Why he will win the Heisman Trophy: Barrett may be the player with the a good chance of wining the award that is receiving the least Heisman hype from the media. Despite being nothing short of fantastic leading the Buckeye offense in 2014 before going down with a season-ending injury against Michigan, Meyer decided to give Cardale Jones, the postseason hero (but the much worse college quarterback), the job going into 2015. By the end of the season, Barrett was clearly the right guy to lead the Buckeye attack. Meyer has had a lot of really good quarterbacks for his system in his time as a head coach, and Barrett is right up there in terms of efficiency. With Ezekiel Elliot gone, Barrett will now be the focal point of the offense. He came close to a 3000/1000 season to go along with 45 total touchdowns in 2014, and given that he should have higher usage this year, it is certainly feasible for Barrett to have a season with 3000 yards passing, 1000 on the ground, and 50 total touchdowns this year. Ohio State is not as good as the past two years where they were littered with top end, experienced, NFL talent, but they still have more than enough talent to win the Big Ten, as well as enough talent for Barrett to throw to and to protect him, and get to the playoff. They'll be tested early as Oklahoma comes to Columbus week 3, but that also gives Barrett a big chance to make a statement on national television as to why he is the premier player in the nation. Ohio State has three more games schedule for primetime against Wisconsin, Penn State, and Nebraska, and that does not even take into consideration the two games they end the season with, Michigan State and Michigan, which will almost surely be high-profile games. Barrett, given the strength of his team, and his ability to rack up numbers both through the air and on the ground, needs to be taken more seriously as a Heisman contender, because he could absolutely be the one hoisting the trophy.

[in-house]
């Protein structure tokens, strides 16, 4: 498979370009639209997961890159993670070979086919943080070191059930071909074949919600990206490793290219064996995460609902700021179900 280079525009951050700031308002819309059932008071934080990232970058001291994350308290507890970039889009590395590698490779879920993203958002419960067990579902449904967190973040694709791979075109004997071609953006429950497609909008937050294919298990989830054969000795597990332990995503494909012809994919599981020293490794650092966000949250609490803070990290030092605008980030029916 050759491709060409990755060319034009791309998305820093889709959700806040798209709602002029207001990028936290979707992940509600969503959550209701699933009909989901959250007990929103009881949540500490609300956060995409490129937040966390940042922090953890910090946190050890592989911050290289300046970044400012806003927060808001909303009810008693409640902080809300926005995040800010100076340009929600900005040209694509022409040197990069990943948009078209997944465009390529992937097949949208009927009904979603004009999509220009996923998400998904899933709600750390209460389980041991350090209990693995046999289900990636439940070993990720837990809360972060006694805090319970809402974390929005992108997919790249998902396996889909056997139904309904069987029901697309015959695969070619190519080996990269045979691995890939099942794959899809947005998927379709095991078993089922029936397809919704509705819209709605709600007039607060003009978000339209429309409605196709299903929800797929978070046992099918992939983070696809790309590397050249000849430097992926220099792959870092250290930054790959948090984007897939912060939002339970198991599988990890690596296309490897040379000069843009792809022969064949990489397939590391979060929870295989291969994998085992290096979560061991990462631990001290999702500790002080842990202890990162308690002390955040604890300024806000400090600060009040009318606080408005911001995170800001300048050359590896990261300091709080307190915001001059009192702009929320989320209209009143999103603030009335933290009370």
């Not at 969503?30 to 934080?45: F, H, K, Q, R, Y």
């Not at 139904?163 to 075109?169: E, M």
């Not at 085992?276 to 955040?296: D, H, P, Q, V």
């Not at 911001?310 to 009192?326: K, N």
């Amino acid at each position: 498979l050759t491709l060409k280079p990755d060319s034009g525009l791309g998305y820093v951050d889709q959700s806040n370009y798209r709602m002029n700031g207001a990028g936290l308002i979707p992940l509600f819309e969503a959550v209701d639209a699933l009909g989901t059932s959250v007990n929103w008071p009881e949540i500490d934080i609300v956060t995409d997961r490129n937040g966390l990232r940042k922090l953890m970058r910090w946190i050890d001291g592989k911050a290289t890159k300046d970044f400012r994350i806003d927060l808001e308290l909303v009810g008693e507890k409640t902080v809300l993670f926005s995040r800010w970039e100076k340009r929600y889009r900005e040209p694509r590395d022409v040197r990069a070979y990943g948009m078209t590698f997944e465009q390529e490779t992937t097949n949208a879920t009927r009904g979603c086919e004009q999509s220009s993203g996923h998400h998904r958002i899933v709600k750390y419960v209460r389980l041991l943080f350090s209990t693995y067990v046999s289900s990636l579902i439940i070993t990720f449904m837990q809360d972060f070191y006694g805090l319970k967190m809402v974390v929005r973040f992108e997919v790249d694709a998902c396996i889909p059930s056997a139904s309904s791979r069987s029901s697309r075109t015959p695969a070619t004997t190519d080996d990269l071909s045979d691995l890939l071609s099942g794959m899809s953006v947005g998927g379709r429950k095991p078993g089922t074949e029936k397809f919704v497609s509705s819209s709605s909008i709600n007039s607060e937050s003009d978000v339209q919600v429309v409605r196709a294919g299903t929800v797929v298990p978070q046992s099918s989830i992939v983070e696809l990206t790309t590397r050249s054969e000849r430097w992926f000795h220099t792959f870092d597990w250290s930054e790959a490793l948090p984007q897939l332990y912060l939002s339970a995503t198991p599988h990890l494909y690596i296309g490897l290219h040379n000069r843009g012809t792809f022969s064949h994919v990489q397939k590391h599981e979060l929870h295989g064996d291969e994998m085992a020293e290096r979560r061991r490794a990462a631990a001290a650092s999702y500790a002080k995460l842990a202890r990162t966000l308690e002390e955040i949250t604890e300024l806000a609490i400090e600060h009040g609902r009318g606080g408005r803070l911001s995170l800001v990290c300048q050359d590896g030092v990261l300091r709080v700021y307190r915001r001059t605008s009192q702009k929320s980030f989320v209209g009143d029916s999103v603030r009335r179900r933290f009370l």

Why he will not win the Heisman Trophy: I said above that Barrett should be receiving more preseason hype for the award, and while there have been winners who have come out of nowhere recently, the favorites all faltered those years, and Barrett will have to hope someone like Deshaun Watson, who could put up similar numbers on a team with high expectations, either loses a few games, misses time, or does not have a particularly great year. Narrative plays a large factor in the Heisman Race, and Watson has it right now and has the ability to keep the narrative on him, even if Barrett might end up deserving it more. Ezekiel Elliot leaving for the NFL should provide Barrett more usage, but it also made it a lot easier for Barrett to put up big numbers when teams had to key so heavily on Elliot. Not only did it help in the play-action pass game, but also helped on zone read plays, as many times opposing players would lose their keys and chase Elliot, only for Barrett to keep the ball for a nice gain. Also gone is Michael Thomas, who was a reliable option underneath the last two years, and the offensive line is breaking in multiple new starters. Quite simply, it could be significantly harder to move the ball for Barrett than it has been over the past two years. All those high-profile games could help Barrett if he plays well, but it could also end his candidacy pretty quickly if he struggles. He plays in the tougher division in his conference, which means he will play Michigan, Michigan State, and Penn state, three teams who have been among college football's best on defense lately, as well as Wisconsin and Nebraska out of the West, both of whom should be at least alright on defense. All of these games are not only hiccups for Barrett, but when you factor in Oklahoma as well, it is a lot of potential hiccups for Ohio State's win-loss record.